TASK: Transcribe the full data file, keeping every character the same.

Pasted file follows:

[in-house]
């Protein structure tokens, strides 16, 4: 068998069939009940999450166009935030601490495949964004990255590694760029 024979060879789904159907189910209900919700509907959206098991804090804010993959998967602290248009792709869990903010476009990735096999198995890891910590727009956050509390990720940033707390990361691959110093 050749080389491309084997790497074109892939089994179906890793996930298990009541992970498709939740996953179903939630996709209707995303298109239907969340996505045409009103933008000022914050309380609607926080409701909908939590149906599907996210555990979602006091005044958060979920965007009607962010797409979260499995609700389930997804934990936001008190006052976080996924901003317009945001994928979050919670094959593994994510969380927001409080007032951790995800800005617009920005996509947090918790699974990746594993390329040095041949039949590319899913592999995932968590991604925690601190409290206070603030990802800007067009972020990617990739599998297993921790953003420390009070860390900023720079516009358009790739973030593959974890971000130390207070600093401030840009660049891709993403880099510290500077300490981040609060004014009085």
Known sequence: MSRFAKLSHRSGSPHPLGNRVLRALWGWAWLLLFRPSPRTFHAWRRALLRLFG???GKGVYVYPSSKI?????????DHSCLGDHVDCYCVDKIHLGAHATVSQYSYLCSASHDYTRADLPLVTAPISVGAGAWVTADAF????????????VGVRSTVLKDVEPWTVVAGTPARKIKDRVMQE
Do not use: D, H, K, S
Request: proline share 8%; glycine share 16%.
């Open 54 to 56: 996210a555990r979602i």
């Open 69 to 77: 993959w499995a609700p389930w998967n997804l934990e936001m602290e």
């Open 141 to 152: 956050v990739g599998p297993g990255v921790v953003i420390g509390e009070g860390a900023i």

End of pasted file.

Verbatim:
[in-house]
């Protein structure tokens, strides 16, 4: 068998069939009940999450166009935030601490495949964004990255590694760029 024979060879789904159907189910209900919700509907959206098991804090804010993959998967602290248009792709869990903010476009990735096999198995890891910590727009956050509390990720940033707390990361691959110093 050749080389491309084997790497074109892939089994179906890793996930298990009541992970498709939740996953179903939630996709209707995303298109239907969340996505045409009103933008000022914050309380609607926080409701909908939590149906599907996210555990979602006091005044958060979920965007009607962010797409979260499995609700389930997804934990936001008190006052976080996924901003317009945001994928979050919670094959593994994510969380927001409080007032951790995800800005617009920005996509947090918790699974990746594993390329040095041949039949590319899913592999995932968590991604925690601190409290206070603030990802800007067009972020990617990739599998297993921790953003420390009070860390900023720079516009358009790739973030593959974890971000130390207070600093401030840009660049891709993403880099510290500077300490981040609060004014009085």
Known sequence: MSRFAKLSHRSGSPHPLGNRVLRALWGWAWLLLFRPSPRTFHAWRRALLRLFG???GKGVYVYPSSKI?????????DHSCLGDHVDCYCVDKIHLGAHATVSQYSYLCSASHDYTRADLPLVTAPISVGAGAWVTADAF????????????VGVRSTVLKDVEPWTVVAGTPARKIKDRVMQE
Do not use: D, H, K, S
Request: proline share 8%; glycine share 16%.
């Open 54 to 56: 996210a555990r979602i």
């Open 69 to 77: 993959w499995a609700p389930w998967n997804l934990e936001m602290e």
């Open 141 to 152: 956050v990739g599998p297993g990255v921790v953003i420390g509390e009070g860390a900023i």